This is the ServiceInvoker's code:
public class ServiceInvoker
public ServiceInvoker(Service service) throws MessageDeliverException;
public ServiceInvoker(String serviceCategory, String serviceName) throws MessageDeliverException;
public ServiceInvoker(Service service, List<PortReference.Extension> extensions);
public Message deliverSync(Message message, long timeoutMillis) throws MessageDeliverException, RegistryException, FaultMessageException;
public void deliverAsync(Message message) throws MessageDeliverException;
public Service getService();
public String getServiceCategory();
Once you have created the instance, the client determines how to send messages to the service: synchronously (via deliverSync) or asynchronously (via deliverAsync). In the synchronous case, a timeout must be specified which represents how long the client will wait for a response. If no response is received within this period, a MessageDeliverException is thrown. The ResponseTimeoutException is derived from MessageDeliverException.
In a client-service environment the terms client and service are used to represent roles and a single entity can be a client and a service simultaneously. As such, you should not consider ServiceInvoker to be the domain of “pure” clients: it can be used within your Services and specifically within Actions. For example, rather than using the built-in Content Based Routing, an Action may wish to re-route an incoming Message to a different Service based on evaluation of certain business logic or an Action could decide to route specific types of fault Messages to the Dead Letter Queue for later administration.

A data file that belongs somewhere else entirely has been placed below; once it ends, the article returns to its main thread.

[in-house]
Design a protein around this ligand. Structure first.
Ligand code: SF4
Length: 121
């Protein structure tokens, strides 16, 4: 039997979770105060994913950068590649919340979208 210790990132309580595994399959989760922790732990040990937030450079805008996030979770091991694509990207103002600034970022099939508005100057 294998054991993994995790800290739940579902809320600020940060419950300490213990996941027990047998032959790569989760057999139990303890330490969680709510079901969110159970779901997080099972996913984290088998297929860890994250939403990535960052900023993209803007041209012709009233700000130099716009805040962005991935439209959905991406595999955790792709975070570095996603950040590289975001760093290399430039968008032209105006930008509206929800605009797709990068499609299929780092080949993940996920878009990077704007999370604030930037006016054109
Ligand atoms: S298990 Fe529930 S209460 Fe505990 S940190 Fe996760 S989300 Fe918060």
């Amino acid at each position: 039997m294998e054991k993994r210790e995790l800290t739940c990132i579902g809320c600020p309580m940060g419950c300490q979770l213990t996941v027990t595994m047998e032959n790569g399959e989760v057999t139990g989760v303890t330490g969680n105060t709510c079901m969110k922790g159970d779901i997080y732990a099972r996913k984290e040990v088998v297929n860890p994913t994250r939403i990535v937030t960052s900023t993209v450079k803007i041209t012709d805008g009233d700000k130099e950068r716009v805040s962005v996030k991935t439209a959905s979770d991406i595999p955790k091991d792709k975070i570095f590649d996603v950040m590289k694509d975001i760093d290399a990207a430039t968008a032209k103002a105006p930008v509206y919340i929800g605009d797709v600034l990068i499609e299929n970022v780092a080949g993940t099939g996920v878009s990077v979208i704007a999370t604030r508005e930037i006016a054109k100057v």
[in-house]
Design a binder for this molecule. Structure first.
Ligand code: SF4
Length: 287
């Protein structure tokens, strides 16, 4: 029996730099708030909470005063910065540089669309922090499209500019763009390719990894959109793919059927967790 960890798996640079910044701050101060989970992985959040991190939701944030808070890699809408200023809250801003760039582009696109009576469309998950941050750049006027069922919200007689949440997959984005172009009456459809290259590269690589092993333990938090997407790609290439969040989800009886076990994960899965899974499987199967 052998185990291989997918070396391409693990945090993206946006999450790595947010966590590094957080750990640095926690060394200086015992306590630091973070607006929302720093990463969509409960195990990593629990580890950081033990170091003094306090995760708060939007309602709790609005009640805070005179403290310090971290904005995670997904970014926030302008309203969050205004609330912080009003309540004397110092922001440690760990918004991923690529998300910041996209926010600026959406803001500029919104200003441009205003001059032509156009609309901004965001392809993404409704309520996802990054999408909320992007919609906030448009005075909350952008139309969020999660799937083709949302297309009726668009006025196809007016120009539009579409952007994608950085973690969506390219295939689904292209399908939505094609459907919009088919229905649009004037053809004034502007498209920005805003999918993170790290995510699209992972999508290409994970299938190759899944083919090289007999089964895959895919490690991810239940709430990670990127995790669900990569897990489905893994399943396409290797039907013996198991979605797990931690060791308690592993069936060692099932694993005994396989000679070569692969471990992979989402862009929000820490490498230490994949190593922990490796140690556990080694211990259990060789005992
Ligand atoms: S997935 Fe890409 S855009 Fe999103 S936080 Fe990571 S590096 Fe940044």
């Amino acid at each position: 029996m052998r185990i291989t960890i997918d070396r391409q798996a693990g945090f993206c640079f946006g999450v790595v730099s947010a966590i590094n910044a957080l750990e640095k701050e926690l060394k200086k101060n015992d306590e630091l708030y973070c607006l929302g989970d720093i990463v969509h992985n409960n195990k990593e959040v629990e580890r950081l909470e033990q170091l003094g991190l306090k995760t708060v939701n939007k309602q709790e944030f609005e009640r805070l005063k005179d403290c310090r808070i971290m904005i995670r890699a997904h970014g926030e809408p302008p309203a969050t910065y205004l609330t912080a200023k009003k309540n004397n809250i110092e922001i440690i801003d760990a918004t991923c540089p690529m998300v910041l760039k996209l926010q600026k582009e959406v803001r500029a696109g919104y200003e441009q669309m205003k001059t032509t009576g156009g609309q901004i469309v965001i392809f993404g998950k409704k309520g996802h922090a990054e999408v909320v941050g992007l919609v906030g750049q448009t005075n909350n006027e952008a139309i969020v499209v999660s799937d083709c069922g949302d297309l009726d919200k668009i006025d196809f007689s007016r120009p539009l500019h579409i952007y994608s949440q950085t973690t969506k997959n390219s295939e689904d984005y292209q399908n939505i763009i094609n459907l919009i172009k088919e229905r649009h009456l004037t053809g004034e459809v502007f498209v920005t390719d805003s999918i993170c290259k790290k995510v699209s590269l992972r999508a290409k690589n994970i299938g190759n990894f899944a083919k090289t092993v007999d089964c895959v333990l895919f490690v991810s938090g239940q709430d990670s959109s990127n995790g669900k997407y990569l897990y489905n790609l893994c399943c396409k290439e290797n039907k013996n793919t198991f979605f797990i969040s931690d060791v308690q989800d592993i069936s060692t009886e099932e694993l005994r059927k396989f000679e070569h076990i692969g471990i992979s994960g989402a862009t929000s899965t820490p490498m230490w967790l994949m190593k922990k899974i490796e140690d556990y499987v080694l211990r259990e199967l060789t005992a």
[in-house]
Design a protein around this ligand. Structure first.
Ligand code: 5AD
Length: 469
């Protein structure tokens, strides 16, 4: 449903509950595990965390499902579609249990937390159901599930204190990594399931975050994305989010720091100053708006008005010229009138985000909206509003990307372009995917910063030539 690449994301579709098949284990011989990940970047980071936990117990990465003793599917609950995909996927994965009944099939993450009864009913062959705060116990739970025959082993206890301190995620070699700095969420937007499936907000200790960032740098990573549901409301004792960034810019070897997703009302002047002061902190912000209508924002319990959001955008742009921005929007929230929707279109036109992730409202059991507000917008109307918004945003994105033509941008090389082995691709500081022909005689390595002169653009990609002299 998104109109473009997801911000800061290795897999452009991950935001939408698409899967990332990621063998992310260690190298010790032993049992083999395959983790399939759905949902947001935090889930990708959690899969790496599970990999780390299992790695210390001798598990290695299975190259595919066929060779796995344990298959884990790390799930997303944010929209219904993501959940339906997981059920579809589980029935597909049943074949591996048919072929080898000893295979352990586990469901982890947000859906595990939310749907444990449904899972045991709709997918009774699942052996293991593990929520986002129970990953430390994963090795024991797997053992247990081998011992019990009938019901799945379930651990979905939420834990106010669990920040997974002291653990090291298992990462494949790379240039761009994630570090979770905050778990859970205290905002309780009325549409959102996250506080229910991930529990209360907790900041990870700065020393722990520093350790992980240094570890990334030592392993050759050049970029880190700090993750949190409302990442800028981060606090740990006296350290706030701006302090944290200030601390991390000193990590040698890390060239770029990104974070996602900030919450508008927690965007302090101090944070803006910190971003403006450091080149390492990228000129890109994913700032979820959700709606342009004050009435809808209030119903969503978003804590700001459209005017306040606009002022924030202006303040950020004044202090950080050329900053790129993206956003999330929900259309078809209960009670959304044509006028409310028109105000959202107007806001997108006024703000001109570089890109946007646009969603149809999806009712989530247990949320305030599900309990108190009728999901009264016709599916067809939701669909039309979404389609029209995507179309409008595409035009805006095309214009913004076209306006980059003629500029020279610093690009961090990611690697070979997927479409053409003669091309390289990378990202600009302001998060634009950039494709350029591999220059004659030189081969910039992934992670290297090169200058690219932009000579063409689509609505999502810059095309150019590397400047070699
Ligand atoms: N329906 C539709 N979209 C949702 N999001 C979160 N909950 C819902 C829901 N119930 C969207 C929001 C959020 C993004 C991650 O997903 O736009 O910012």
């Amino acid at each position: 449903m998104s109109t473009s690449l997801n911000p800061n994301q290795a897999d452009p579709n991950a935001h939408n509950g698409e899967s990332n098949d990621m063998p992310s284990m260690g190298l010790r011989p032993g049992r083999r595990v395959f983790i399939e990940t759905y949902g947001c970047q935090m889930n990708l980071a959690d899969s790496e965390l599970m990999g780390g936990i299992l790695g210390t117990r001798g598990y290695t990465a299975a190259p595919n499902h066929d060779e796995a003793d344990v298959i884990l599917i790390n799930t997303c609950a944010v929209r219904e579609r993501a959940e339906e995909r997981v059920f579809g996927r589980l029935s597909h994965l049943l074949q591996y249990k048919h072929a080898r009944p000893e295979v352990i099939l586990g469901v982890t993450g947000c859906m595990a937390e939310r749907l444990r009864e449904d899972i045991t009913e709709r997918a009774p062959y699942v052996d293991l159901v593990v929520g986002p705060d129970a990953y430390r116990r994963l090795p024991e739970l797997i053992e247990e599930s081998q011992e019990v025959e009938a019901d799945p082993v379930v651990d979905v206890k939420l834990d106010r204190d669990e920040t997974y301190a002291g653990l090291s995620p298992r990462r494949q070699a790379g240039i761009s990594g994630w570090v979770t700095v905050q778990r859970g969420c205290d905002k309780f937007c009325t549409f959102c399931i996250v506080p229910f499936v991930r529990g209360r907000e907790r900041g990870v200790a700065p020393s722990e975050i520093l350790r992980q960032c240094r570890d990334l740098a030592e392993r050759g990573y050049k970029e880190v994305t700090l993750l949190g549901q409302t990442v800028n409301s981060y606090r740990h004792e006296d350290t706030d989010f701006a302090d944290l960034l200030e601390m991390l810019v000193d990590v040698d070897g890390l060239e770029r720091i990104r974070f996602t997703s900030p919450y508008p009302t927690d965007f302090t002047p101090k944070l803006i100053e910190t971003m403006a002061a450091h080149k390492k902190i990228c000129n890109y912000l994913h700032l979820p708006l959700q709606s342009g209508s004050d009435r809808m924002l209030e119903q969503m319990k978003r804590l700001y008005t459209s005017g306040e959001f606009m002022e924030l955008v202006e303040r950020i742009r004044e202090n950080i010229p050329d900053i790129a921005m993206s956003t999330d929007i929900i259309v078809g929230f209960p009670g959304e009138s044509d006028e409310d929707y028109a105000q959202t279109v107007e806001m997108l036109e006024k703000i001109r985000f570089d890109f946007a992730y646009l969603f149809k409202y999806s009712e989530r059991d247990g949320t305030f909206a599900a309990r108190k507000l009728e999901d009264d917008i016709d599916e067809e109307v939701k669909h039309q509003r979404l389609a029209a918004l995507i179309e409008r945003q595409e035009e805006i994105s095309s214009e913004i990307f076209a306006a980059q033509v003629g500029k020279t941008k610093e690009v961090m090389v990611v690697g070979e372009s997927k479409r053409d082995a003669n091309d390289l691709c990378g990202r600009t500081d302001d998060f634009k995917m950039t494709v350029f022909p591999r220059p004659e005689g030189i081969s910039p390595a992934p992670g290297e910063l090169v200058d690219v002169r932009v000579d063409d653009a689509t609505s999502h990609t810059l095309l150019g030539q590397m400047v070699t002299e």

The advantage of using ServiceInvoker in this way is that your Services will be able to benefit from the opaque fail-over mechanism described in the Advanced chapter. This means that one-way requests to other Services, faults etc. can be routed in a more robust manner without imposing more complexity on the developer.
One of the features of the ServiceInvoker is that of load balancing invocations in situations where there are multiple endpoints available for the target service. The ServiceInvoker supports a number of load balancing strategies as part of this feature.
When using the ServiceInvoker, preference is always given to invoking a service over its InVM transport if one is available. Other load balancing strategies are only be applied in the absence of an InVM endpoint for the target Service.